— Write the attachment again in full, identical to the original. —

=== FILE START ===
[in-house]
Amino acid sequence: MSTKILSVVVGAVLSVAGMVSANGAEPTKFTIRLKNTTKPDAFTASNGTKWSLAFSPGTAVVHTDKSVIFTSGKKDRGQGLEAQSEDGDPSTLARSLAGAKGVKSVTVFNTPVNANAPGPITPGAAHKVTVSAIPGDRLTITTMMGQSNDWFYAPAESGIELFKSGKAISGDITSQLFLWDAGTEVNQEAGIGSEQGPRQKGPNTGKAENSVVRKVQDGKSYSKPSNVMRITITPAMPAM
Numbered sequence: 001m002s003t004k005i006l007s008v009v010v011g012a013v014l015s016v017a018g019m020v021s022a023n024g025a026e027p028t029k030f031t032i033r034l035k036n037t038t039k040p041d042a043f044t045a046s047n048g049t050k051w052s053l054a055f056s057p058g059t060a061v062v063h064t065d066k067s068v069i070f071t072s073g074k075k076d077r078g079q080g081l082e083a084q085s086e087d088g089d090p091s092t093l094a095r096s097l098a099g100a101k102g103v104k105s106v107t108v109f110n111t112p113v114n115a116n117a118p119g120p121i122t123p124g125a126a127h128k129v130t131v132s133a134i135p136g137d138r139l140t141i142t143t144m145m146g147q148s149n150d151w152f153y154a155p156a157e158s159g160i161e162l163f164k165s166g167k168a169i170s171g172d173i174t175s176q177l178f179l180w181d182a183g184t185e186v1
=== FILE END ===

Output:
[in-house]
Amino acid sequence: MSTKILSVVVGAVLSVAGMVSANGAEPTKFTIRLKNTTKPDAFTASNGTKWSLAFSPGTAVVHTDKSVIFTSGKKDRGQGLEAQSEDGDPSTLARSLAGAKGVKSVTVFNTPVNANAPGPITPGAAHKVTVSAIPGDRLTITTMMGQSNDWFYAPAESGIELFKSGKAISGDITSQLFLWDAGTEVNQEAGIGSEQGPRQKGPNTGKAENSVVRKVQDGKSYSKPSNVMRITITPAMPAM
Numbered sequence: 001m002s003t004k005i006l007s008v009v010v011g012a013v014l015s016v017a018g019m020v021s022a023n024g025a026e027p028t029k030f031t032i033r034l035k036n037t038t039k040p041d042a043f044t045a046s047n048g049t050k051w052s053l054a055f056s057p058g059t060a061v062v063h064t065d066k067s068v069i070f071t072s073g074k075k076d077r078g079q080g081l082e083a084q085s086e087d088g089d090p091s092t093l094a095r096s097l098a099g100a101k102g103v104k105s106v107t108v109f110n111t112p113v114n115a116n117a118p119g120p121i122t123p124g125a126a127h128k129v130t131v132s133a134i135p136g137d138r139l140t141i142t143t144m145m146g147q148s149n150d151w152f153y154a155p156a157e158s159g160i161e162l163f164k165s166g167k168a169i170s171g172d173i174t175s176q177l178f179l180w181d182a183g184t185e186v1